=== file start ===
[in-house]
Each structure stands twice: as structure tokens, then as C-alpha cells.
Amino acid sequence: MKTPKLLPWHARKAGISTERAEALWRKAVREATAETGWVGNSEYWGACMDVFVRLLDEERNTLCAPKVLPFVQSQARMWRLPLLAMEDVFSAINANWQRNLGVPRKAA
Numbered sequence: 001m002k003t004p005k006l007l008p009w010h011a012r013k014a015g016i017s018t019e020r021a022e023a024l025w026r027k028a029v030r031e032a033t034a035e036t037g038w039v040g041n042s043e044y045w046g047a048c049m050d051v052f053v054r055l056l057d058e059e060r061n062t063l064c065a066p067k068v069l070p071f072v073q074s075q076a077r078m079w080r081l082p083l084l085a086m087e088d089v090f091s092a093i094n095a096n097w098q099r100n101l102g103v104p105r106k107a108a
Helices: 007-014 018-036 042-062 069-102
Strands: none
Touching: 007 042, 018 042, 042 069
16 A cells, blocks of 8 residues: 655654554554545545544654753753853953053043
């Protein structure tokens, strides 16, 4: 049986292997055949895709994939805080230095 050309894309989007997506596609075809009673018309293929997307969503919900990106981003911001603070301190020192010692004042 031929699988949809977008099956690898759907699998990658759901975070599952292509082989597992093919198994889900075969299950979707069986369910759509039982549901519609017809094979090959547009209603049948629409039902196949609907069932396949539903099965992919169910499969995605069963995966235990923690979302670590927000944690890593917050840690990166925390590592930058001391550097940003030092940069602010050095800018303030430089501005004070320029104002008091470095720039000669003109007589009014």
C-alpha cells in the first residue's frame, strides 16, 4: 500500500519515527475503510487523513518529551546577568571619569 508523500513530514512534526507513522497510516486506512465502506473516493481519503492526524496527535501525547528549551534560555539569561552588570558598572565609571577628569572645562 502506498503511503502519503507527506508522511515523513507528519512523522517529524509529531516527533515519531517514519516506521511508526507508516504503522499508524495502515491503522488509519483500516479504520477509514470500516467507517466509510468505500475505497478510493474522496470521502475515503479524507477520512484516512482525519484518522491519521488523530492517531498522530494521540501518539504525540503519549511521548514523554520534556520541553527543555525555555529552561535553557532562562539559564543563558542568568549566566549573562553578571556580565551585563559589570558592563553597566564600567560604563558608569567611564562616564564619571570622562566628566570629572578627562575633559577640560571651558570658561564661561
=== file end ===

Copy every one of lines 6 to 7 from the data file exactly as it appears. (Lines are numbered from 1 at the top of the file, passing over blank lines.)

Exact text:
Strands: none
Touching: 007 042, 018 042, 042 069